Conclusion: The AS events and clinical factors that can predict the prognosis of LGG patients were screened, and a prognostic prediction model was established. The results of this study can play an important role in clinical work to better evaluate the prognosis of patients and impact treatment options 2).

The objective of a study was to determine whether aberrant AS could play a role in the malignant phenotype of glioma and to understand the mechanism underlying its aberrant regulation.

We obtained surgical samples from patients with glioblastoma who underwent 5-aminolevulinic fluorescence-guided surgery. Biopsies were taken from the tumor center as well as from adjacent normal-appearing tissue. We used a global splicing array to identify candidate genes aberrantly spliced in these glioblastoma samples. Mechanistic and functional studies were performed to elucidate the role of our top candidate splice variant, BAF45d, in glioblastoma.

BAF45d is part of the switch/sucrose non-fermentable (SWI/SNF) complex and plays a key role in the development of the CNS. The BAF45d/6A-isoform is present in 85% of over 200 glioma samples that have been analyzed, and contributes to the malignant glioma phenotype through the maintenance of an undifferentiated cellular state. We demonstrate that BAF45d splicing is mediated by polypyrimidine-tract-binding protein 1 (PTBP1) and that BAF45d regulates PTBP1, uncovering a reciprocal interplay between RNA splicing regulation and transcription.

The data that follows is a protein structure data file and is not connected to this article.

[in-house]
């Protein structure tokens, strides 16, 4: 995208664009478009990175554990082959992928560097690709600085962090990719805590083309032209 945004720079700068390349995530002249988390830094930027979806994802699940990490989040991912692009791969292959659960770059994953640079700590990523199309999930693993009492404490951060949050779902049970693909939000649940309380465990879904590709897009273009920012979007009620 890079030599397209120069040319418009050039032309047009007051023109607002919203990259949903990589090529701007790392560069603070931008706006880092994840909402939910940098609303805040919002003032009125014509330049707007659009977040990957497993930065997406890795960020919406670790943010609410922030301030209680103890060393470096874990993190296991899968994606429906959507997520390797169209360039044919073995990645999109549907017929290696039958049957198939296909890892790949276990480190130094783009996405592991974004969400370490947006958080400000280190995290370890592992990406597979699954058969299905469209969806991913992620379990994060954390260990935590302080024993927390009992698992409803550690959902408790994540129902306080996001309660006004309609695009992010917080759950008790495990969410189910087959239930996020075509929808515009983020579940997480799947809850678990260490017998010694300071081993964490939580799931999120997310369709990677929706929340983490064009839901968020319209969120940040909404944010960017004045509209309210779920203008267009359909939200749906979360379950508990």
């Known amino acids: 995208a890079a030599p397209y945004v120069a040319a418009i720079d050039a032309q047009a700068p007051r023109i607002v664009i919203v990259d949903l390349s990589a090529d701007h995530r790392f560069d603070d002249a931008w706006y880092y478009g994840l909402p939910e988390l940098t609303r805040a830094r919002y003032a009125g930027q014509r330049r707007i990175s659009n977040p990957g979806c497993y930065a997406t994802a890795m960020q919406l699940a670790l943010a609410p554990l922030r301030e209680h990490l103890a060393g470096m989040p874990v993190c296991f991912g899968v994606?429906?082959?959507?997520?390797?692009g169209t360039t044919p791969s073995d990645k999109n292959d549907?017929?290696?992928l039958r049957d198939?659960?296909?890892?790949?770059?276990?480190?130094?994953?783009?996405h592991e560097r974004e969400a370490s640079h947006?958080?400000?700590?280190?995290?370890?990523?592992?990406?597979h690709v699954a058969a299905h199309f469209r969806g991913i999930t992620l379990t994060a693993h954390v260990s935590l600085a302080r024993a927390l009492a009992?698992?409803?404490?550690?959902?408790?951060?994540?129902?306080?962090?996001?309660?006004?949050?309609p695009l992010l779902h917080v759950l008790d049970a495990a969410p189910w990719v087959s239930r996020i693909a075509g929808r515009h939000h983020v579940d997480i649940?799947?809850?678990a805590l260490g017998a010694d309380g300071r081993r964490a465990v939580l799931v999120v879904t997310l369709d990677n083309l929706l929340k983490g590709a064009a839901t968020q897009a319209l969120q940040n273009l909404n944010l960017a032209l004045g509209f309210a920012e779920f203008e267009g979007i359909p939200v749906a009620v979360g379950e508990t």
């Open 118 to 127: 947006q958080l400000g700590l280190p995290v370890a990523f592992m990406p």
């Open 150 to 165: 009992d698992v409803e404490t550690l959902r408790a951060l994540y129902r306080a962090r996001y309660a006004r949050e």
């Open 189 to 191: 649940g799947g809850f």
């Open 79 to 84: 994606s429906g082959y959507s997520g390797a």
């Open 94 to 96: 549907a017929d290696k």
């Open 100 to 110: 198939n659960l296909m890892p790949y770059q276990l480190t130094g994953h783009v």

Our data indicate that AS is a mechanism that contributes to the malignant phenotype of glioblastoma. Understanding the consequences of this biological process will uncover new therapeutic targets for this devastating disease 3).

Larionova TD, Bastola S, Aksinina TE, Anufrieva KS, Wang J, Shender VO, Andreev DE, Kovalenko TF, Arapidi GP, Shnaider PV, Kazakova AN, Latyshev YA, Tatarskiy VV, Shtil AA, Moreau P, Giraud F, Li C, Wang Y, Rubtsova MP, Dontsova OA, Condro M, Ellingson BM, Shakhparonov MI, Kornblum HI, Nakano I, Pavlyukov MS. Alternative RNA splicing modulates ribosomal composition and determines the spatial phenotype of glioblastoma cells. Nat Cell Biol. 2022 Oct 3. doi: 10.1038/s41556-022-00994-w. Epub ahead of print. PMID: 36192632.
Wang Y, Wang Z, Zhao B, Chen W, Wang Y, Ma W. Development of a nomogram for prognostic prediction of lower-grade glioma based on alternative splicing signatures. Cancer Med. 2020 Oct 13. doi: 10.1002/cam4.3530. Epub ahead of print. PMID: 33047900.
Aldave G, Gonzalez-Huarriz M, Rubio A, Romero JP, Ravi D, Miñana B, Cuadrado-Tejedor M, García-Osta A, Verhaak R, Xipell E, Martinez-Vélez N, Acanda de la Rocha A, Puigdelloses M, García-Moure M, Marigil M, Gállego Pérez-Larraya J, Marín-Bejar O, Huarte M, Carro MS, Ferrarese R, Belda-Iniesta C, Ayuso A, Prat-Acín R, Pastor F, Díez-Valle R, Tejada S, Alonso MM. The aberrant splicing of BAF45d links splicing regulation and transcription in glioblastoma. Neuro Oncol. 2018 Jan 24. doi: 10.1093/neuonc/noy007. [Epub ahead of print] PubMed PMID: 29373718.